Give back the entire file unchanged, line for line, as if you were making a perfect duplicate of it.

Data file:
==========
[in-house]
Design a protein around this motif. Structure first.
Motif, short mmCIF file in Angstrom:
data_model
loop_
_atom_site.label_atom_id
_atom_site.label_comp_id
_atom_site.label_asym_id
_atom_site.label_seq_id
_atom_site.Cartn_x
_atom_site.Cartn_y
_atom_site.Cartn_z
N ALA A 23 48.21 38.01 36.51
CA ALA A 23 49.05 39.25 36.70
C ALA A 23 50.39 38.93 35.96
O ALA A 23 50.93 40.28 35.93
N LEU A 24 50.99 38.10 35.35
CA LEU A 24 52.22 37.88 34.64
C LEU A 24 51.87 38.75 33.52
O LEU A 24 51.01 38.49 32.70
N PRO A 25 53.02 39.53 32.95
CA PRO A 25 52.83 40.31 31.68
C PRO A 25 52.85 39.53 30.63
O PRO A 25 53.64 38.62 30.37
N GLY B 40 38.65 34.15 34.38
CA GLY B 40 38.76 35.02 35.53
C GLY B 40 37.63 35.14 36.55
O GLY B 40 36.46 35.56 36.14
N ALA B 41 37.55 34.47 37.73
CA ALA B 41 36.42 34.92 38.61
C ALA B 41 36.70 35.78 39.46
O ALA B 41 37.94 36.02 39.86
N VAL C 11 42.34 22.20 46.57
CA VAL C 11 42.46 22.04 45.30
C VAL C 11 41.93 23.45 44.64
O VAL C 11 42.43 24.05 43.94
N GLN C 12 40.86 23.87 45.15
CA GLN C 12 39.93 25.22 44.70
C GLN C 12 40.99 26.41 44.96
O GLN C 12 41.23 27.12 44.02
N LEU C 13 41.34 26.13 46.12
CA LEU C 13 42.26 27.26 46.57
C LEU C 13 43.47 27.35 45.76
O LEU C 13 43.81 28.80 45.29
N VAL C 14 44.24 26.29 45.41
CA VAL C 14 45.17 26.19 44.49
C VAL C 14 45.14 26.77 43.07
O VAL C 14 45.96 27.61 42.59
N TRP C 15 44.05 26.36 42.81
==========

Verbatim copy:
[in-house]
Design a protein around this motif. Structure first.
Motif, short mmCIF file in Angstrom:
data_model
loop_
_atom_site.label_atom_id
_atom_site.label_comp_id
_atom_site.label_asym_id
_atom_site.label_seq_id
_atom_site.Cartn_x
_atom_site.Cartn_y
_atom_site.Cartn_z
N ALA A 23 48.21 38.01 36.51
CA ALA A 23 49.05 39.25 36.70
C ALA A 23 50.39 38.93 35.96
O ALA A 23 50.93 40.28 35.93
N LEU A 24 50.99 38.10 35.35
CA LEU A 24 52.22 37.88 34.64
C LEU A 24 51.87 38.75 33.52
O LEU A 24 51.01 38.49 32.70
N PRO A 25 53.02 39.53 32.95
CA PRO A 25 52.83 40.31 31.68
C PRO A 25 52.85 39.53 30.63
O PRO A 25 53.64 38.62 30.37
N GLY B 40 38.65 34.15 34.38
CA GLY B 40 38.76 35.02 35.53
C GLY B 40 37.63 35.14 36.55
O GLY B 40 36.46 35.56 36.14
N ALA B 41 37.55 34.47 37.73
CA ALA B 41 36.42 34.92 38.61
C ALA B 41 36.70 35.78 39.46
O ALA B 41 37.94 36.02 39.86
N VAL C 11 42.34 22.20 46.57
CA VAL C 11 42.46 22.04 45.30
C VAL C 11 41.93 23.45 44.64
O VAL C 11 42.43 24.05 43.94
N GLN C 12 40.86 23.87 45.15
CA GLN C 12 39.93 25.22 44.70
C GLN C 12 40.99 26.41 44.96
O GLN C 12 41.23 27.12 44.02
N LEU C 13 41.34 26.13 46.12
CA LEU C 13 42.26 27.26 46.57
C LEU C 13 43.47 27.35 45.76
O LEU C 13 43.81 28.80 45.29
N VAL C 14 44.24 26.29 45.41
CA VAL C 14 45.17 26.19 44.49
C VAL C 14 45.14 26.77 43.07
O VAL C 14 45.96 27.61 42.59
N TRP C 15 44.05 26.36 42.81